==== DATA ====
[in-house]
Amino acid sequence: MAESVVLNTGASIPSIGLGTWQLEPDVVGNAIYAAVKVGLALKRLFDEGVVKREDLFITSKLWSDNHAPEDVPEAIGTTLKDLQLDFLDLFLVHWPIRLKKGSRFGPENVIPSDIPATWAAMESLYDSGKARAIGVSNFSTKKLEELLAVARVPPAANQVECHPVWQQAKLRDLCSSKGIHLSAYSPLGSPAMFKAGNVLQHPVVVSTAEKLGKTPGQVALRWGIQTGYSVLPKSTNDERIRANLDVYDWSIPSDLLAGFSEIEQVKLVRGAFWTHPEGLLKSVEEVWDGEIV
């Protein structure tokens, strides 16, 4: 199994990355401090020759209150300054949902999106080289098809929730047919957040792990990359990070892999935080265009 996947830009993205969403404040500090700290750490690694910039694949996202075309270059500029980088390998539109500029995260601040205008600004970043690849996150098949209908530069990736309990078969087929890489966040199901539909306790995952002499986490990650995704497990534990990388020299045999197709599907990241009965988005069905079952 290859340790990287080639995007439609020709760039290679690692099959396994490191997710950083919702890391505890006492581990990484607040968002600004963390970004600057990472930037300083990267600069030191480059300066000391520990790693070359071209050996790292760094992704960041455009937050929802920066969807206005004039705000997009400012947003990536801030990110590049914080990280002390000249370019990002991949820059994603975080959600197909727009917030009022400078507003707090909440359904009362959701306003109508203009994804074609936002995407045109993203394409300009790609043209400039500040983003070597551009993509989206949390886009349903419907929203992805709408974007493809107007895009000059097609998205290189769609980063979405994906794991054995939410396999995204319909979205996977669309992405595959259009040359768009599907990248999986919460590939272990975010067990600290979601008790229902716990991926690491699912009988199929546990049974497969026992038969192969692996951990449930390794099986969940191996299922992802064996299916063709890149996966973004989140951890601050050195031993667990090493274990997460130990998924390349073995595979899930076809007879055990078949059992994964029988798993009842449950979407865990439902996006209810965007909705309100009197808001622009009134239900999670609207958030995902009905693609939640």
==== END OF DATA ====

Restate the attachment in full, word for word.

[in-house]
Amino acid sequence: MAESVVLNTGASIPSIGLGTWQLEPDVVGNAIYAAVKVGLALKRLFDEGVVKREDLFITSKLWSDNHAPEDVPEAIGTTLKDLQLDFLDLFLVHWPIRLKKGSRFGPENVIPSDIPATWAAMESLYDSGKARAIGVSNFSTKKLEELLAVARVPPAANQVECHPVWQQAKLRDLCSSKGIHLSAYSPLGSPAMFKAGNVLQHPVVVSTAEKLGKTPGQVALRWGIQTGYSVLPKSTNDERIRANLDVYDWSIPSDLLAGFSEIEQVKLVRGAFWTHPEGLLKSVEEVWDGEIV
């Protein structure tokens, strides 16, 4: 199994990355401090020759209150300054949902999106080289098809929730047919957040792990990359990070892999935080265009 996947830009993205969403404040500090700290750490690694910039694949996202075309270059500029980088390998539109500029995260601040205008600004970043690849996150098949209908530069990736309990078969087929890489966040199901539909306790995952002499986490990650995704497990534990990388020299045999197709599907990241009965988005069905079952 290859340790990287080639995007439609020709760039290679690692099959396994490191997710950083919702890391505890006492581990990484607040968002600004963390970004600057990472930037300083990267600069030191480059300066000391520990790693070359071209050996790292760094992704960041455009937050929802920066969807206005004039705000997009400012947003990536801030990110590049914080990280002390000249370019990002991949820059994603975080959600197909727009917030009022400078507003707090909440359904009362959701306003109508203009994804074609936002995407045109993203394409300009790609043209400039500040983003070597551009993509989206949390886009349903419907929203992805709408974007493809107007895009000059097609998205290189769609980063979405994906794991054995939410396999995204319909979205996977669309992405595959259009040359768009599907990248999986919460590939272990975010067990600290979601008790229902716990991926690491699912009988199929546990049974497969026992038969192969692996951990449930390794099986969940191996299922992802064996299916063709890149996966973004989140951890601050050195031993667990090493274990997460130990998924390349073995595979899930076809007879055990078949059992994964029988798993009842449950979407865990439902996006209810965007909705309100009197808001622009009134239900999670609207958030995902009905693609939640």